The suborder 626 includes two suborder items 640,642. The suborder item quantity, suborder item ID, suborder item unit price, suborder item total price, and suborder item details of the suborder item 640 are displayed at 644, 646, 648, 650, 652 respectively. The total price (including gratuity and tax) of the suborder 640 is displayed at 654. The suborder 628 includes two suborder items 662,664 as well, though more suborder items can be included in the suborder 628. The total price (including gratuity and tax) of the suborder 628 is displayed at 666. The suborder item 662 includes a suborder item instruction 668. The sum of the suborder total prices is the product total as shown at 618.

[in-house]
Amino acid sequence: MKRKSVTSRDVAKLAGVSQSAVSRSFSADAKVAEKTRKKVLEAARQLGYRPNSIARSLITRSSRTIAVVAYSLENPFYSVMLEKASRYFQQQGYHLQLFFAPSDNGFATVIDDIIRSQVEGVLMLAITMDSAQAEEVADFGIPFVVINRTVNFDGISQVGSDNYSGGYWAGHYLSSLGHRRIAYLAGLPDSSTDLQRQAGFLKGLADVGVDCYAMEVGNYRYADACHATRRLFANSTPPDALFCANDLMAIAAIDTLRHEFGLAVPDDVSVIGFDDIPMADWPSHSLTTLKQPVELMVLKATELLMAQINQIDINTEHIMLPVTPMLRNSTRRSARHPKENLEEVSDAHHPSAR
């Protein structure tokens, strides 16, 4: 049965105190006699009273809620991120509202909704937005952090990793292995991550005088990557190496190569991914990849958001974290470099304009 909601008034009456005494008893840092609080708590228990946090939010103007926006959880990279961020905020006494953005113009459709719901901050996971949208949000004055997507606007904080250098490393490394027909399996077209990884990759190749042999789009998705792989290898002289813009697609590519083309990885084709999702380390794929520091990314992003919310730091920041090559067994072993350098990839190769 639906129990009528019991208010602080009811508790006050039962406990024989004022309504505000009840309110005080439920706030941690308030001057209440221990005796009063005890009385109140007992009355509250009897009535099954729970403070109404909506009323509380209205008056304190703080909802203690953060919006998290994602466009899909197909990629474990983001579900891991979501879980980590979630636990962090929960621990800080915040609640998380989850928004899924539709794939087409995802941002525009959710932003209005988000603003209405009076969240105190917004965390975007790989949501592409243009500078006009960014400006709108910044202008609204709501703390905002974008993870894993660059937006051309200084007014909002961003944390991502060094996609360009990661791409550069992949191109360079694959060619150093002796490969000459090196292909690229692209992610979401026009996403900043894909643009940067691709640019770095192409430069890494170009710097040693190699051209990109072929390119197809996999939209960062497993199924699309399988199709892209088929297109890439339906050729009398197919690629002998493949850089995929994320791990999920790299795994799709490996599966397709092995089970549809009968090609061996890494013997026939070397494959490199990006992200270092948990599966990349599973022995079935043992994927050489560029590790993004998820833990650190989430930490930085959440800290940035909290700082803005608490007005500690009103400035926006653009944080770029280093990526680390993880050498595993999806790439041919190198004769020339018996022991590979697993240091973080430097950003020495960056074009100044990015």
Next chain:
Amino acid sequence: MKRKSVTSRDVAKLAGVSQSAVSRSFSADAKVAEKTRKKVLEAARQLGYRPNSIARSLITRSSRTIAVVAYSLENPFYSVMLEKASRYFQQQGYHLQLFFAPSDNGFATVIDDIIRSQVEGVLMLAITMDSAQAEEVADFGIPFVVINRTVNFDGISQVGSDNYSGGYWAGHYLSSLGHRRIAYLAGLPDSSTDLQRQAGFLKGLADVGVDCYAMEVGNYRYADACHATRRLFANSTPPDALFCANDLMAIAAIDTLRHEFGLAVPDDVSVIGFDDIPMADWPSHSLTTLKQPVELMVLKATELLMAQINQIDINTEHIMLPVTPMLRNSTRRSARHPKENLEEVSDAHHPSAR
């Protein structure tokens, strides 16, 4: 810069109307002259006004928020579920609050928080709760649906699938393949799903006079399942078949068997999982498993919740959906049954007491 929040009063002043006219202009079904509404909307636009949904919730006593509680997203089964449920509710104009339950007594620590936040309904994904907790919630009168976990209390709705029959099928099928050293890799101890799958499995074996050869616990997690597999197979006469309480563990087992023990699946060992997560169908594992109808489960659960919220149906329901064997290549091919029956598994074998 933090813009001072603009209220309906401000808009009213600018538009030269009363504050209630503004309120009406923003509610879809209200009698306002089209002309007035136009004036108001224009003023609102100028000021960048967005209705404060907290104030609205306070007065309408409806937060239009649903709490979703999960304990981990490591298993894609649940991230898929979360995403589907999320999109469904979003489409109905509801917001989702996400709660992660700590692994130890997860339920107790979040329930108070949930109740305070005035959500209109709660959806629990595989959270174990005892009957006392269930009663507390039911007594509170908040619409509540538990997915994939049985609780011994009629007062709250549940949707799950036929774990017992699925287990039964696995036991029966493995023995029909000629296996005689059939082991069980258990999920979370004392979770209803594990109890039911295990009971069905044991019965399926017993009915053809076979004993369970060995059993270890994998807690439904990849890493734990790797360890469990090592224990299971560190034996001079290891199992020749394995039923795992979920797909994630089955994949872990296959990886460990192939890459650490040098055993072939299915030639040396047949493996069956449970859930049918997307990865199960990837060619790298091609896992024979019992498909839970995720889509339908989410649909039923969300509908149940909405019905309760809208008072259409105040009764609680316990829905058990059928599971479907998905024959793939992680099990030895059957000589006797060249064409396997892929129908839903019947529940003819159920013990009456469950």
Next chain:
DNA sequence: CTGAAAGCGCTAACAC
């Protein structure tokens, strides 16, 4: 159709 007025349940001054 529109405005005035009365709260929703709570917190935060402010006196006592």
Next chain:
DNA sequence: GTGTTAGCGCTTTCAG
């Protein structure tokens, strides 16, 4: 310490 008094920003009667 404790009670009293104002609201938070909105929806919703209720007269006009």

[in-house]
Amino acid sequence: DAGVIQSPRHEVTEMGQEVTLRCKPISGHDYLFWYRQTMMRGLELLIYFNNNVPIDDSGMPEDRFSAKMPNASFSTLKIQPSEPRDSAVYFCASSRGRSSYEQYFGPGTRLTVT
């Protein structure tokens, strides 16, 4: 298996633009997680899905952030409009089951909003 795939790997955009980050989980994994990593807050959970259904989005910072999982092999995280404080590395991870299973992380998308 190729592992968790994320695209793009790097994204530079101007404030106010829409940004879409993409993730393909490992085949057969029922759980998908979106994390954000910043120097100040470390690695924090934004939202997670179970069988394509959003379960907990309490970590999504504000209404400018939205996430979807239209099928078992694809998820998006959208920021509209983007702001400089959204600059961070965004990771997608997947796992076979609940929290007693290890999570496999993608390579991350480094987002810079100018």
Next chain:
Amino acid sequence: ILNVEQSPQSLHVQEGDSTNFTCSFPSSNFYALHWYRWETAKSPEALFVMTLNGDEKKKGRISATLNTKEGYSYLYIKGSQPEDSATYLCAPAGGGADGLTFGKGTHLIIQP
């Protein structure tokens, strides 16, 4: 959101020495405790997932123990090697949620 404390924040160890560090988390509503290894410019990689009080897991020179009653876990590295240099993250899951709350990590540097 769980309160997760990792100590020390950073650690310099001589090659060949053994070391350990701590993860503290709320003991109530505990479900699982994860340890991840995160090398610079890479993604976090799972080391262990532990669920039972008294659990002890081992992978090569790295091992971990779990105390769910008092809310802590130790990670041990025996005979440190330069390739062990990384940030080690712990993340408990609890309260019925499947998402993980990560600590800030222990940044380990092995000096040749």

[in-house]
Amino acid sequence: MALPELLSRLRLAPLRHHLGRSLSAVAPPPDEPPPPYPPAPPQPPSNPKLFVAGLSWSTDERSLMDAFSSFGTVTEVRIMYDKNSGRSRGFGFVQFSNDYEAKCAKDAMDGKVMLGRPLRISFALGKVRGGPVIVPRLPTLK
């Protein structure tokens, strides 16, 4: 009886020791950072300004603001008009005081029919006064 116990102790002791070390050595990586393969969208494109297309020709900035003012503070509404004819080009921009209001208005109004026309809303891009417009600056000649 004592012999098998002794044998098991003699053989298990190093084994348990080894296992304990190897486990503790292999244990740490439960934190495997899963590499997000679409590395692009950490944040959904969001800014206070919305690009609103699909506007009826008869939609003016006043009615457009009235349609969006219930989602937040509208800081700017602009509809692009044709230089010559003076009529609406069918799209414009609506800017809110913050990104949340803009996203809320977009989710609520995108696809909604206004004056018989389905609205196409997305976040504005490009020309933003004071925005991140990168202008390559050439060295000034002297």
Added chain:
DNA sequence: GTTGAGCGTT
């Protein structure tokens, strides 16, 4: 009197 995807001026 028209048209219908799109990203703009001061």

The screen 600 further includes a set of software buttons 682,684,686,688. In response to the click or press on the button 682, the mobile software application sends a request to the restaurant server 102 to confirm the group order. Upon successful confirmation of the group order, the status of the group order is changed from an unconfirmed status to a confirmed status. The button 684 allows the staff member to go back to a previous screen. The button 686 allows the staff member to print the group order using the printer 116. The button 688 allows the staff member to cancel the group order. In such a case, the mobile software application sends a request to the restaurant server software application. The request identifies the group order and the type of the request (i.e., cancellation).